In the hospital I was finally able to get in touch with my husband who came immediately to the hospital from work.  The nurse gave my son some Motrin and took his temperature again in 20 minutes and it was down to 99*.  My son was now responsive and gained his color back, and was clearly exhausted.  They said he could sleep, and that he did.  He slept most of the time we were there, on me, in the hospital bed.  We waited for about 3 hours until the doctor came in.

The doctor said he had an ear infection which caused his fever.  A sudden spike in fever can cause a Febrile Seizure.  She said that 30% of children will experience another seizure in their lifetime, but that there was no other cause for concern.  He received Amoxicillin, and a prescription for 10 more days at home.  They instructed us to give him Tylenol and Motrin rotated every three hours for the rest of the night, and that Evan's doctor wanted to schedule a follow up in the morning.

When I called our doctors office I was informed that our Pediatrician does not work on Fridays, so the nurse would speak to one of the other doctors to see if they needed us to come in, as they sometimes don't need to follow up with Febrile Seizures, if they know the cause.  I didn't get a call back for more than two hours, and we didn't need to go in.  They want to see Evan in three weeks to follow up.

Evan has been a complete champ.  He takes his medicine without fussing for the most part.  He has been a bit off, but I wouldn't expect anything different.  This morning I woke up to him screaming.  I brought him downstairs, and he had a temperature of 105*.  Before I even took his temperature I knew he was too hot, I brought him right into the kitchen and sat him on the counter and gave him Tylenol.  I had my husband call the doctor.  This was at about 5:00 am and it's Saturday, so a doctor was paged.  I had to answer the phone because my husband had left the room, but my son started crying so when my husband came back I had him talk to the doctor.  Apparently, the doctor was not too concerned.  He said to give him Motrin if the fever didn't go down within a half hour.  I gave Evan the Motrin, and his fever did go down, quickly.  He has been really fussy today, but in my eyes he can do whatever he wants, I'm just glad he's okay.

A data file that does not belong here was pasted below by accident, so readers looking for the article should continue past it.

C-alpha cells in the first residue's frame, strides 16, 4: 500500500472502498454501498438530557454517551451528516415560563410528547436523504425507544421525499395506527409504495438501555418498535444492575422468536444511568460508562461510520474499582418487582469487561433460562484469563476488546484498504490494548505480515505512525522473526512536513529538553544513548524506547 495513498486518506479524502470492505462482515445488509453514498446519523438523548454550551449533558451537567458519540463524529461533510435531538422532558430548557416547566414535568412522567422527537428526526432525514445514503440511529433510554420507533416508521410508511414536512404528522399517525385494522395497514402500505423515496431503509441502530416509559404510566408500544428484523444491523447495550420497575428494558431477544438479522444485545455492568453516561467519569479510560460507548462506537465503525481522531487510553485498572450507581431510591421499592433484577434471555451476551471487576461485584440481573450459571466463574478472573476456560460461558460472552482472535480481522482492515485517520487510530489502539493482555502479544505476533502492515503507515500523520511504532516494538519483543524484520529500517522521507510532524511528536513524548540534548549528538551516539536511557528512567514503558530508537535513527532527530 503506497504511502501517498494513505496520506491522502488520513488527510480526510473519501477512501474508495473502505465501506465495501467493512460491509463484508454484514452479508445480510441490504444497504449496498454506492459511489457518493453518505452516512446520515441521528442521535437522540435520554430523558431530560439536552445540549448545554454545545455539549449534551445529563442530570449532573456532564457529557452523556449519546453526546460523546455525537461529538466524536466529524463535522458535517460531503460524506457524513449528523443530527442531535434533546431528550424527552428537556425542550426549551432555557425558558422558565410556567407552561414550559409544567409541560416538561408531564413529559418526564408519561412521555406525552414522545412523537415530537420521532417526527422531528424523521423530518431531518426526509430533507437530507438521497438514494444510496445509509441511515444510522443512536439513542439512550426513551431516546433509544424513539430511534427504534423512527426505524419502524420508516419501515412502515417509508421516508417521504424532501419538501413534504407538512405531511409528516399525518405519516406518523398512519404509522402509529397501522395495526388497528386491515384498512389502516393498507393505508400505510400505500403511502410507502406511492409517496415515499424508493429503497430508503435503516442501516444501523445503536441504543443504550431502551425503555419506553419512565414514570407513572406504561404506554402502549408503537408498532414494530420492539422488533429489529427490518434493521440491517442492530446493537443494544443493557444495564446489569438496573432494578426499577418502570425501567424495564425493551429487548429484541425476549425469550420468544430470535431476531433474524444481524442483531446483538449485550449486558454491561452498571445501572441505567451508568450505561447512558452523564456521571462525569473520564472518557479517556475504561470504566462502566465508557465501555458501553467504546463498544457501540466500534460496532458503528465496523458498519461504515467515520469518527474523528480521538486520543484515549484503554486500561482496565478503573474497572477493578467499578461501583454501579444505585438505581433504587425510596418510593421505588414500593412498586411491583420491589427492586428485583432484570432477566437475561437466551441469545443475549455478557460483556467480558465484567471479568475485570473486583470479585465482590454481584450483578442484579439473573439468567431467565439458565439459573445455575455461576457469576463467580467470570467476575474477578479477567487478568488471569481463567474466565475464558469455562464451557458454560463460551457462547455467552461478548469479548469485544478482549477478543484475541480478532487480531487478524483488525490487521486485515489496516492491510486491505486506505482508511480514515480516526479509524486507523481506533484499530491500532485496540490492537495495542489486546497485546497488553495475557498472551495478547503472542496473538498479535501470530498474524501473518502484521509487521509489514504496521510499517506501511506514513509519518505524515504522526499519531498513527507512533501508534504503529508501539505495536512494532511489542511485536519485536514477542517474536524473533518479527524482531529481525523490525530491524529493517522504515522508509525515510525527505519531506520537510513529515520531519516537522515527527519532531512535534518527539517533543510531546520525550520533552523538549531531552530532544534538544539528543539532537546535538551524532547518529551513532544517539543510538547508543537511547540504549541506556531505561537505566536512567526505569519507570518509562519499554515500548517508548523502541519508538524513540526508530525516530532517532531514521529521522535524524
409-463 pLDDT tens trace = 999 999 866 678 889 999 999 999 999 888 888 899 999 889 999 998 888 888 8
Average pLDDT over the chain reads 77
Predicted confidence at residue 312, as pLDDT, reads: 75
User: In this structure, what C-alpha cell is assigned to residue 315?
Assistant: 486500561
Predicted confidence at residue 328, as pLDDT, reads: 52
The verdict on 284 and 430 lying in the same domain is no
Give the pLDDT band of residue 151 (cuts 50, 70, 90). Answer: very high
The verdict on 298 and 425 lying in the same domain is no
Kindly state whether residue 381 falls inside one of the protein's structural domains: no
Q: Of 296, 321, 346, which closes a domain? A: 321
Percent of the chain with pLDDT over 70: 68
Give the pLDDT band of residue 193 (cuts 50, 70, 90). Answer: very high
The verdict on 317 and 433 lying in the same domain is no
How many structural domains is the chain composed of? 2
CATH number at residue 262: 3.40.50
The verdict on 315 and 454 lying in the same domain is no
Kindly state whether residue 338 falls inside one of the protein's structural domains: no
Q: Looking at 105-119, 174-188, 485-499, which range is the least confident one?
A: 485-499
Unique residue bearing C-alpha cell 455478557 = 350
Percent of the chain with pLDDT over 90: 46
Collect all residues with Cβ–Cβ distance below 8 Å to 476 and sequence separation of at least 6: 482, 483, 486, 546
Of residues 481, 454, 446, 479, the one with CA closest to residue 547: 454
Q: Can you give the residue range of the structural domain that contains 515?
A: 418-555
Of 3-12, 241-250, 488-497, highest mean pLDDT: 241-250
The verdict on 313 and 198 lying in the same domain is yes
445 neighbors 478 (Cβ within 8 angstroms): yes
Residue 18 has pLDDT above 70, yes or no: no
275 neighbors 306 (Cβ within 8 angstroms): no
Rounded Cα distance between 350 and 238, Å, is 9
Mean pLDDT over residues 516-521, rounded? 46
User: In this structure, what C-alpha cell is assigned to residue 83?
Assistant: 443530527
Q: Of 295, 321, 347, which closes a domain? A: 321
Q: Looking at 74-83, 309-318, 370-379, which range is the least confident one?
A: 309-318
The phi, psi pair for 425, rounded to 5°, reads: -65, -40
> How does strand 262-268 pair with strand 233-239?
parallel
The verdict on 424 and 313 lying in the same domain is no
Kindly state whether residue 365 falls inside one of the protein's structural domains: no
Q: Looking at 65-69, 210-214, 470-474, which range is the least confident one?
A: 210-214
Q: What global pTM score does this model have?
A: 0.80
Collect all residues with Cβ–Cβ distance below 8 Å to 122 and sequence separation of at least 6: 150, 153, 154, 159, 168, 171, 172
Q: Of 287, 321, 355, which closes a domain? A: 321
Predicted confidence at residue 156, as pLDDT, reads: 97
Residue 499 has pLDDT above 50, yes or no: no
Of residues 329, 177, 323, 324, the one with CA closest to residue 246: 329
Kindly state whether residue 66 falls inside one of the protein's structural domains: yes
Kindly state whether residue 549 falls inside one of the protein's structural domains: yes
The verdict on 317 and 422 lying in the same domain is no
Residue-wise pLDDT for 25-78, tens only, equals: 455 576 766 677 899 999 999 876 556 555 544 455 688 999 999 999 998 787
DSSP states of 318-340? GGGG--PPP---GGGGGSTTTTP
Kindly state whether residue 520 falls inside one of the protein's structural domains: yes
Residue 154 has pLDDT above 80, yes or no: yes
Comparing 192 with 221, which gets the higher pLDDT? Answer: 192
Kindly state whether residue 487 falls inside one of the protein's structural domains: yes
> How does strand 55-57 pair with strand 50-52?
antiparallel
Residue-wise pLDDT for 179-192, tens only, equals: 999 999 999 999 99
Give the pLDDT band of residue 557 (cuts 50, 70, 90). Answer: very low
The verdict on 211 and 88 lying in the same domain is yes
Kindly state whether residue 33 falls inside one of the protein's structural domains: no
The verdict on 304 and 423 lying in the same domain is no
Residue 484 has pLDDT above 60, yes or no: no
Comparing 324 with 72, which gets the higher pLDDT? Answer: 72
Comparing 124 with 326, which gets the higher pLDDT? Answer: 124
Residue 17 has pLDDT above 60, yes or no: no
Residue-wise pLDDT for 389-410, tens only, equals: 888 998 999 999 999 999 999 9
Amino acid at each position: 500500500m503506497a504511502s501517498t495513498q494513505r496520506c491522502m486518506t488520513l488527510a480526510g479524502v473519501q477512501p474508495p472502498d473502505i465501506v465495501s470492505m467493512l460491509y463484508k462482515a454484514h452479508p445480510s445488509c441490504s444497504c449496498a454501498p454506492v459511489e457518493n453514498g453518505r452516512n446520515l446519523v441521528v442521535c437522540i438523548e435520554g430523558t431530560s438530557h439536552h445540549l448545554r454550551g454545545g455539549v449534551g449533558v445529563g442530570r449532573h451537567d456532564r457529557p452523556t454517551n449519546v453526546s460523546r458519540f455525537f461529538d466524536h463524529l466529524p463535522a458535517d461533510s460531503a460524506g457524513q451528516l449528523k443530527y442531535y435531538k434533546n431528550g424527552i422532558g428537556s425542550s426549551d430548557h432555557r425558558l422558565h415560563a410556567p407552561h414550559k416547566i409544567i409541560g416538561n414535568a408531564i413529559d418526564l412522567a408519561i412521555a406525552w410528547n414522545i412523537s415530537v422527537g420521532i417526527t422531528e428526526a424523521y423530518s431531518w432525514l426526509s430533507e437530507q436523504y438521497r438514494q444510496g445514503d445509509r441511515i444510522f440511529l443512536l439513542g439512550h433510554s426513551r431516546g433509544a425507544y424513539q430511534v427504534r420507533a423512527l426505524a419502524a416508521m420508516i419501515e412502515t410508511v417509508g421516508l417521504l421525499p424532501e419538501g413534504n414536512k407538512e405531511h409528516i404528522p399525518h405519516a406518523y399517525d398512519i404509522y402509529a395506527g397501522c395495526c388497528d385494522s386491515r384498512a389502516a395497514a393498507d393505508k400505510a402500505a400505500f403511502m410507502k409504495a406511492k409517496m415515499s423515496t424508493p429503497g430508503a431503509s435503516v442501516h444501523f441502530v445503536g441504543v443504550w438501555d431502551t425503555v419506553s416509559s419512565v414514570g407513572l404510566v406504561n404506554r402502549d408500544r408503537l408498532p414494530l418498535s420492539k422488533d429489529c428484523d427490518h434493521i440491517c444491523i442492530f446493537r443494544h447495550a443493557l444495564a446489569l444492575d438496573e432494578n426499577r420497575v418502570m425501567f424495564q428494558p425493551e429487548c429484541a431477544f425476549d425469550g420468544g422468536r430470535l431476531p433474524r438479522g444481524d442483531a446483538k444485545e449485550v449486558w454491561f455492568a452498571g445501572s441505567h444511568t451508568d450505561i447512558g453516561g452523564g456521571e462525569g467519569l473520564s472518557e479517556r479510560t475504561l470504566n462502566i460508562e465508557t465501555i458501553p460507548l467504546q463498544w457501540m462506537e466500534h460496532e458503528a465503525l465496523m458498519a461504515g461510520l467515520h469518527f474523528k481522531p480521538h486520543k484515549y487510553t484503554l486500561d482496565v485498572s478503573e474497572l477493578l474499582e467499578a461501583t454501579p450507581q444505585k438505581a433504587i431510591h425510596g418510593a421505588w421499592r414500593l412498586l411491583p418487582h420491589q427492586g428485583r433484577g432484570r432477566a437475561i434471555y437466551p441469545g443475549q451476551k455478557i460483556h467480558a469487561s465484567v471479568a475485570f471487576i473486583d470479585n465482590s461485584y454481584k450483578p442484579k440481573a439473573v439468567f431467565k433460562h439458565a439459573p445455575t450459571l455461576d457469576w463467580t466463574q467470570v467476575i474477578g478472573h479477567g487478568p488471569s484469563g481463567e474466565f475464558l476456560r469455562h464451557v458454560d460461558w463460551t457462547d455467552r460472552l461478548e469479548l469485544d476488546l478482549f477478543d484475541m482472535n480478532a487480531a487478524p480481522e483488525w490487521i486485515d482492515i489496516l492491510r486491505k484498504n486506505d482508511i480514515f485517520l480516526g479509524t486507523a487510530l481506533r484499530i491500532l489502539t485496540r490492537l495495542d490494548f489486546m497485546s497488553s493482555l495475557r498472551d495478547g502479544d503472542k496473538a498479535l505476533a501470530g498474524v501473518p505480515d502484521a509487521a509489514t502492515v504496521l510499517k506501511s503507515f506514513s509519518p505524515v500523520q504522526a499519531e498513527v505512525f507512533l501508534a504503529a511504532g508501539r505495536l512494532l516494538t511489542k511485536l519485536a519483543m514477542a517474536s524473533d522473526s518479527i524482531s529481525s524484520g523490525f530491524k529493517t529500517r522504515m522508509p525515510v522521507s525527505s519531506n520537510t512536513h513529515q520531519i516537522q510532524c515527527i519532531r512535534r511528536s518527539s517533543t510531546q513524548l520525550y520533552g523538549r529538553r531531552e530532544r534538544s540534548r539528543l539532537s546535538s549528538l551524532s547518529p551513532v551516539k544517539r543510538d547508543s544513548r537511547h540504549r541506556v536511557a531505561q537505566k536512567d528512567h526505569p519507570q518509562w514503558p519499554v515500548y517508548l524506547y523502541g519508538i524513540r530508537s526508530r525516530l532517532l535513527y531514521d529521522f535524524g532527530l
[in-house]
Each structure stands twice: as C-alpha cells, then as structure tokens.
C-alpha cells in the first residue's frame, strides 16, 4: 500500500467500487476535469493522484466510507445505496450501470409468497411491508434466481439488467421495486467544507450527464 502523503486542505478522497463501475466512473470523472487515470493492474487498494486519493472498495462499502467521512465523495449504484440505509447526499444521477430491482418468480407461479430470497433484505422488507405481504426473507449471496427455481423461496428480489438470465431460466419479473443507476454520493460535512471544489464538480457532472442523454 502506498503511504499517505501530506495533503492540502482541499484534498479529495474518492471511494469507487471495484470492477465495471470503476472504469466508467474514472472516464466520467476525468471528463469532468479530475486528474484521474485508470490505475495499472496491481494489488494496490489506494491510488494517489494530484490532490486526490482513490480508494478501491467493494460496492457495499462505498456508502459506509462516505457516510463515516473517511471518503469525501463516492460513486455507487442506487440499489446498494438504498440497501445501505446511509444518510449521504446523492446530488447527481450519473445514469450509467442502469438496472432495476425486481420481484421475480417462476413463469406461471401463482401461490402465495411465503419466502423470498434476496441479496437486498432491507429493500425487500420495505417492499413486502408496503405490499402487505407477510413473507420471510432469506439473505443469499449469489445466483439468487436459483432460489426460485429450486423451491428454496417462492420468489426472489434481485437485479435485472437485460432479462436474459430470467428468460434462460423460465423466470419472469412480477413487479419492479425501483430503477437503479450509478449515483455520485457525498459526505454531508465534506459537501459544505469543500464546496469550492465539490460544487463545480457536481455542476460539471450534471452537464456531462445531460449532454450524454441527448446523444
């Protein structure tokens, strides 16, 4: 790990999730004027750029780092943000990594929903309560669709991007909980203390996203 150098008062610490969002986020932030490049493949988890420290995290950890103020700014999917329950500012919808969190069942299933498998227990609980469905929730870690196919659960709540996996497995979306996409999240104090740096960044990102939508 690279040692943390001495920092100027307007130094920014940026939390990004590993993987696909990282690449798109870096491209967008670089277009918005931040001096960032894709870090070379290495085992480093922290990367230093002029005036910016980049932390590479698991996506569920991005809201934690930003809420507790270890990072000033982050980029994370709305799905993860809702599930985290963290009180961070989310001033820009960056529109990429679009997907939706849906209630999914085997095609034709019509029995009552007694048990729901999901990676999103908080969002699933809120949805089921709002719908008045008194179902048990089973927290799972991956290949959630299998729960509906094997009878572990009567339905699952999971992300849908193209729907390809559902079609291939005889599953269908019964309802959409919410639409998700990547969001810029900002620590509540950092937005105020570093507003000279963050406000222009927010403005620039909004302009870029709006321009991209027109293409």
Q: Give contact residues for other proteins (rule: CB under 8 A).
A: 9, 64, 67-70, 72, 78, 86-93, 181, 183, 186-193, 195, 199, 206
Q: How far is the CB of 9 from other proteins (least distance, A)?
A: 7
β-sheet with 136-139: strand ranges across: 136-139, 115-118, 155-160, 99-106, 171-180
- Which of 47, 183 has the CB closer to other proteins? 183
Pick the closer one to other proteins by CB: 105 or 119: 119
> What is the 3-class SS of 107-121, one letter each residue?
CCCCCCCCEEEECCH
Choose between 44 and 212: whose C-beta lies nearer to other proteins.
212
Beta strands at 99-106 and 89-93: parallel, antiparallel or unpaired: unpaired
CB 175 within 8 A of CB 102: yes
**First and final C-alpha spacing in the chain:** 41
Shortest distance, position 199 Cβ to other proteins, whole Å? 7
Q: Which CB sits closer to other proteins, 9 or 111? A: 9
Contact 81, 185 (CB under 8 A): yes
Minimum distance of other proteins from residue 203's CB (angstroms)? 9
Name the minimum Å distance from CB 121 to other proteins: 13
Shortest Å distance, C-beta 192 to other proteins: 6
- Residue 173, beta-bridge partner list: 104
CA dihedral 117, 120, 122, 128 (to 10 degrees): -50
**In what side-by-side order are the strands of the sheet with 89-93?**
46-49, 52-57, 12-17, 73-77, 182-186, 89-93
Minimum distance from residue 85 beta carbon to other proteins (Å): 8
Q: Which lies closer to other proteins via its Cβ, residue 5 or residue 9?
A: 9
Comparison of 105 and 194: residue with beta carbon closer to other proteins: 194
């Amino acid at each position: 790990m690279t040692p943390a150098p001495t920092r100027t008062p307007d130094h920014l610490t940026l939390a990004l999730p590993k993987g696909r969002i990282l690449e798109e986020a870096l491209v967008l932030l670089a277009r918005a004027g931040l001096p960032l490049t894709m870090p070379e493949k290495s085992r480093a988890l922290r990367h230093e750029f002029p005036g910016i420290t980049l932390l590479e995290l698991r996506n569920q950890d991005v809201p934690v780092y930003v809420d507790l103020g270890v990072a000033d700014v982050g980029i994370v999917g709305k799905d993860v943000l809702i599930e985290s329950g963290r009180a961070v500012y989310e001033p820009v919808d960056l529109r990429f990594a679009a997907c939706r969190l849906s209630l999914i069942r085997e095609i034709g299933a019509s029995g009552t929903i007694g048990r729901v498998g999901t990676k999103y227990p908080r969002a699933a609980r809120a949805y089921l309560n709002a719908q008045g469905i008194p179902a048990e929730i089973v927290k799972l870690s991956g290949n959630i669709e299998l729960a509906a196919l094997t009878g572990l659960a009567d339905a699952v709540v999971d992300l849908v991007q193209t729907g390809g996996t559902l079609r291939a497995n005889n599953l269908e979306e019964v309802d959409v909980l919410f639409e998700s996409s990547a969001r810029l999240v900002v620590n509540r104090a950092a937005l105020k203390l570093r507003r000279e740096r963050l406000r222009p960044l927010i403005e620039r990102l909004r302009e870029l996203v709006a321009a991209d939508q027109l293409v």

There is potential that I may have overreacted a bit.  It seems like most of the reading I've done after the fact  makes this sort of thing seem like not much of an emergency at all.  If you have ever seen your child in a situation like this there is no way you wouldn't think it was an emergency.  I am pleased with how I handled myself and how I handled this situation, I wouldn't change anything.  It makes me realize that I am not in short supply of motherly instinct.  I would have done absolutely anything to ensure my son was alright.  At the same time, I did not compromise safety or sanity.

Every time my son twitches even a little bit over the last few days, I think it's going to happen again.  I hope that feeling goes away soon, but I know I have what it takes to get us through pretty much anything.